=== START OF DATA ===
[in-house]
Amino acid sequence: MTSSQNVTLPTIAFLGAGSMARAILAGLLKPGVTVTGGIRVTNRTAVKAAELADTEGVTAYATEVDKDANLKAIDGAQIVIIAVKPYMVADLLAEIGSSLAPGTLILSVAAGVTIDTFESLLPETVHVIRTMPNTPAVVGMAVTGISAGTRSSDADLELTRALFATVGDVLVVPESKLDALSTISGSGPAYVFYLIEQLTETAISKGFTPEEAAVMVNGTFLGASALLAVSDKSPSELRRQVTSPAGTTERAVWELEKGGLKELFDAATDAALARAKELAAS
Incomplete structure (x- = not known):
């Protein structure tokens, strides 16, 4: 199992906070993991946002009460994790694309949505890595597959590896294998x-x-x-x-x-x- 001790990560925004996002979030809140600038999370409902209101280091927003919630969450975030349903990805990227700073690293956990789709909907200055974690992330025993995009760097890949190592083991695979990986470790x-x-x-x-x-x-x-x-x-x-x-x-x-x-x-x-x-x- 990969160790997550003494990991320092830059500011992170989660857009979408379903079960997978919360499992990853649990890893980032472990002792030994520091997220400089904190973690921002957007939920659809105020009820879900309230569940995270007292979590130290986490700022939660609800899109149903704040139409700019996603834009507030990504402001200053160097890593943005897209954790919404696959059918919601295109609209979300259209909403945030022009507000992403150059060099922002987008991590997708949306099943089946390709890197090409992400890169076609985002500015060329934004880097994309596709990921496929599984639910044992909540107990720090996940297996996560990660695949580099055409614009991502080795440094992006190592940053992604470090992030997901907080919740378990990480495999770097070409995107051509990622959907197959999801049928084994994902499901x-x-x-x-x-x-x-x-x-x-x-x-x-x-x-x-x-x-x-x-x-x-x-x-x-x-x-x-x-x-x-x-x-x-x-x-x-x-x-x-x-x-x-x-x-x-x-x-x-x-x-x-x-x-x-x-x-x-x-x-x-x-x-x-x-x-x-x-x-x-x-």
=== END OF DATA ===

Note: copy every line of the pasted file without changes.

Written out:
[in-house]
Amino acid sequence: MTSSQNVTLPTIAFLGAGSMARAILAGLLKPGVTVTGGIRVTNRTAVKAAELADTEGVTAYATEVDKDANLKAIDGAQIVIIAVKPYMVADLLAEIGSSLAPGTLILSVAAGVTIDTFESLLPETVHVIRTMPNTPAVVGMAVTGISAGTRSSDADLELTRALFATVGDVLVVPESKLDALSTISGSGPAYVFYLIEQLTETAISKGFTPEEAAVMVNGTFLGASALLAVSDKSPSELRRQVTSPAGTTERAVWELEKGGLKELFDAATDAALARAKELAAS
Incomplete structure (x- = not known):
């Protein structure tokens, strides 16, 4: 199992906070993991946002009460994790694309949505890595597959590896294998x-x-x-x-x-x- 001790990560925004996002979030809140600038999370409902209101280091927003919630969450975030349903990805990227700073690293956990789709909907200055974690992330025993995009760097890949190592083991695979990986470790x-x-x-x-x-x-x-x-x-x-x-x-x-x-x-x-x-x- 990969160790997550003494990991320092830059500011992170989660857009979408379903079960997978919360499992990853649990890893980032472990002792030994520091997220400089904190973690921002957007939920659809105020009820879900309230569940995270007292979590130290986490700022939660609800899109149903704040139409700019996603834009507030990504402001200053160097890593943005897209954790919404696959059918919601295109609209979300259209909403945030022009507000992403150059060099922002987008991590997708949306099943089946390709890197090409992400890169076609985002500015060329934004880097994309596709990921496929599984639910044992909540107990720090996940297996996560990660695949580099055409614009991502080795440094992006190592940053992604470090992030997901907080919740378990990480495999770097070409995107051509990622959907197959999801049928084994994902499901x-x-x-x-x-x-x-x-x-x-x-x-x-x-x-x-x-x-x-x-x-x-x-x-x-x-x-x-x-x-x-x-x-x-x-x-x-x-x-x-x-x-x-x-x-x-x-x-x-x-x-x-x-x-x-x-x-x-x-x-x-x-x-x-x-x-x-x-x-x-x-």